Sheffield Doc/Fest 2014 Round-Up Part I

Another year, another Sheffield Doc/Fest, and we cats were back in town to chow down, party and, most importantly, watch a few good docs.

After a Pulp opening the night before, we opted for a lie-in the following day before rearing our ugly morning heads for our first doc of the festival, Going to the Dogs.

Going to the Dogs

Directed by Penny Woolcock – with a little help from some familiar friends – Going to the Dogs explores the blood sport of dog fighting as well as a man’s relationship with his dog. Featuring ring leaders, historians, pheasant hunters and the filmmakers themselves, Dogs is a highly engaging, informative and often funny deconstruction of a world that we knew little about. It may not be everyone’s cup of the tea, but it made us sit up and think before passing judgement.

Life Itself came next (no rest for the felines) – Steve (Hoop Dreams) James’s insightful, open and pleasingly non-hagiographic doc about the life and death of renowned film critic Roger Ebert. James’s personal connection with Ebert (who was an early supporter of his work) makes for an engaging film, and the warts-and-all aspect builds a satisfyingly real picture of him. Two thumbs up! Fohn sat down for an interview with the director after the screening to discuss the making of the documentary.

Following 2012 festival-closer Bones Brigade, this year’s skating doc All This Mayhem painted an altogether darker picture of the sport. In this tale of Tas and Ben Pappas – self-confessed ‘bogan’ brothers from Melbourne who rose to become world champions – the glorious rise is depicted as being indivisible from the agonising fall. Tas and the director were present at the festival, and Martin spoke to them about bringing this dark, personal story to the screen.

We finished day one on a secret note, more on which anon. Suffice to say, we have a whole new iTunes shopping list!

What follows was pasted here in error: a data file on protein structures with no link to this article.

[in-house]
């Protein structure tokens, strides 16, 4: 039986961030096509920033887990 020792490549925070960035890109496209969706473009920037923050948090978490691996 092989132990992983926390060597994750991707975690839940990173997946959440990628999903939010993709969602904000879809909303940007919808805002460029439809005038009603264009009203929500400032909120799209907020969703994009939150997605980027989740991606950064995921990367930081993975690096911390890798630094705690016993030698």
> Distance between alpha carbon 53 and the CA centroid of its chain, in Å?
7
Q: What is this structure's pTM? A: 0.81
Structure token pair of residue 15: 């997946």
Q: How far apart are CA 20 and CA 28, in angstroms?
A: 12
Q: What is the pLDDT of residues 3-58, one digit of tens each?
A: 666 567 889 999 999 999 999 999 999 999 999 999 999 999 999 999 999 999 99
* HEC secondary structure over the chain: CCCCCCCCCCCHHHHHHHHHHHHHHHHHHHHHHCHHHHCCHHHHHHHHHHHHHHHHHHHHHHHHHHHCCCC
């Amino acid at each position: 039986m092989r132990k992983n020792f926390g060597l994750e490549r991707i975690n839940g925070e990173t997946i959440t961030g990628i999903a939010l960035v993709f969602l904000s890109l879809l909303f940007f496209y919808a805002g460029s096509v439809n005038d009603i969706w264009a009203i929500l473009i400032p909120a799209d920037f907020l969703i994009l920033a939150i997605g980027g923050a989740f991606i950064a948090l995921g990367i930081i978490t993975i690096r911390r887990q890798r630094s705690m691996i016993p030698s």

Monday started with the aerial spectacle Born to Fly. Following Elizabeth Streb’s dance troupe from its work “lab” in New York to its Olympic show in London, Born to Fly made Fohn, for about 82 minutes, want to step away from the ol’ Fohnhouse and become one of Streb’s “action heroes”!

Born to Fly

While Fohn was off enjoying the “pop action” in the above documentary, and catching the charming festival opener Happiness – about a little boy who is sent to the local monastery – Martin was off interviewing Charlie Lyne, about his debut feature Beyond Clueless, after which, he headed back into the dark for Derby Crazy Love, a short but engaging introduction to the oestrogen-charged sport of roller derby. While not a work of great depth, directors Maya Gallus and Justine Pimlott offer up a thoughtful and enjoyable glimpse at a sport fasting becoming part of the mainstream. Given some of the subjects’ responses, it appears that this might well represent a fossilised glimpse at the unspoilt, sponsorship-free glory days of the sport.

Derby Crazy Love

Fohn’s final solo outing of the day was to catch Dogwoof’s 112 Weddings, in which director Doug Black revisits couples from the 112 weddings he has shot over the years (because filmmaking doesn’t make us all millionaires!). Funny, poignant and a great idea, 112 Weddings was Fohn’s favourite film of the day. She thinks. It had generally been a great day for documentaries.

Our last film of the day was The 50 Year Argument – an interesting retrospective on the last fifty years of The New York Review of Books, filled with informative interviews. A celebratory sift through a star-studded archive, but nothing groundbreaking. It could have done with the inclusion of an element of print versus online, such as the enlivened Page One back in the day. At Saturday’s premiere screening, Scorsese himself popped up via Skype, but we cats were either on a bus journeying up to doc mecca, or catching up on sleep. You snooze, you lose!

Stay tuned for part two.

Fohnjang Ghebdinga & Martin Parsons